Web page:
Posted on Aug 11, 2011, 6 a.m.
Lifestyle changes and treatment or prevention of chronic medical conditions have the potential to reduce the numbers of Alzheimer’s cases by 50% or more.
Over half of all Alzheimer's disease cases could potentially be prevented through lifestyle changes and treatment or prevention of chronic medical conditions, according to researchers from San Francisco VA Medical Center (California, USA). Deborah Barnes and colleagues analyzed data from studies around the world involving hundreds of thousands of participants, and concluded that worldwide, the biggest modifiable risk factors for Alzheimer's disease are, in descending order of magnitude, low education, smoking, physical inactivity, depression, mid-life hypertension, diabetes and mid-life obesity. In the United States, the team found that the biggest modifiable risk factors are physical inactivity, depression, smoking, mid-life hypertension, mid-life obesity, low education and diabetes. The researchers report that: “A 10 to 25% reduction in all seven risk factors could potentially prevent as many as 1.1 to 3.0 million Alzheimer’s Disease] cases worldwide and 184,000 to 492,000 cases in the [United States].”`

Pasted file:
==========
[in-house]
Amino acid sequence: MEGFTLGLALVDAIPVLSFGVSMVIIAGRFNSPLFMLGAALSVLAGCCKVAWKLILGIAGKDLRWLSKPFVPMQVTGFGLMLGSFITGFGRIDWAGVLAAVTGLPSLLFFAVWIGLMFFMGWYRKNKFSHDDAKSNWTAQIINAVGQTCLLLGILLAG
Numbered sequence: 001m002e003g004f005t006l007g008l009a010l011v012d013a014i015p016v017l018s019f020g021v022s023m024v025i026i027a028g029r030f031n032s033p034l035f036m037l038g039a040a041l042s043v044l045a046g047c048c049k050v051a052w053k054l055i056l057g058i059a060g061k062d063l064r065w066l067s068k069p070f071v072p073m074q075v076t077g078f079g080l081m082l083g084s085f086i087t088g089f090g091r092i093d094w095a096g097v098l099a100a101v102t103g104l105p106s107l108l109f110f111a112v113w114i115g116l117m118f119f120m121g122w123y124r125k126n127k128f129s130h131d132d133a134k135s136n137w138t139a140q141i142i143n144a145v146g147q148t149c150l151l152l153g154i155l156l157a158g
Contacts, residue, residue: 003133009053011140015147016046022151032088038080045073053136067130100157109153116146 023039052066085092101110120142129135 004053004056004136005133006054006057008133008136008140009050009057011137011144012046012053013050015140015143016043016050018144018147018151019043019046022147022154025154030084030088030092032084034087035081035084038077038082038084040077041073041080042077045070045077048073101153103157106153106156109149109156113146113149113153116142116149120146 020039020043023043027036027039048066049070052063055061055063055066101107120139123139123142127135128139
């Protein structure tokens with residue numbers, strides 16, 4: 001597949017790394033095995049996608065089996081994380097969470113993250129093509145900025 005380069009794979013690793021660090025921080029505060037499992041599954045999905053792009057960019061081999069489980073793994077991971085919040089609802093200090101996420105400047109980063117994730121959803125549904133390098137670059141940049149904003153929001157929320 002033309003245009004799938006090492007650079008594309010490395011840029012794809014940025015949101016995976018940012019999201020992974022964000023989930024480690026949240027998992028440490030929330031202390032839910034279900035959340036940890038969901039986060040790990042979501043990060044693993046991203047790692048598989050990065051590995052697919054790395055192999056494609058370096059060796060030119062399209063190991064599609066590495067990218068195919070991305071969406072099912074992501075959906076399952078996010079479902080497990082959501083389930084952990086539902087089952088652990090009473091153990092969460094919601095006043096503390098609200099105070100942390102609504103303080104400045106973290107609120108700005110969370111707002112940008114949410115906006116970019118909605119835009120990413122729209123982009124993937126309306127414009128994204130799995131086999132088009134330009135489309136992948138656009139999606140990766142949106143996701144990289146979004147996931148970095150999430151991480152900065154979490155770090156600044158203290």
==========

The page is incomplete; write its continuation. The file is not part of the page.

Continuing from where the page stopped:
Deborah E Barnes, Kristine Yaffe. “The projected effect of risk factor reduction on Alzheimer's disease prevalence.” The Lancet Neurology, July 19, 2011.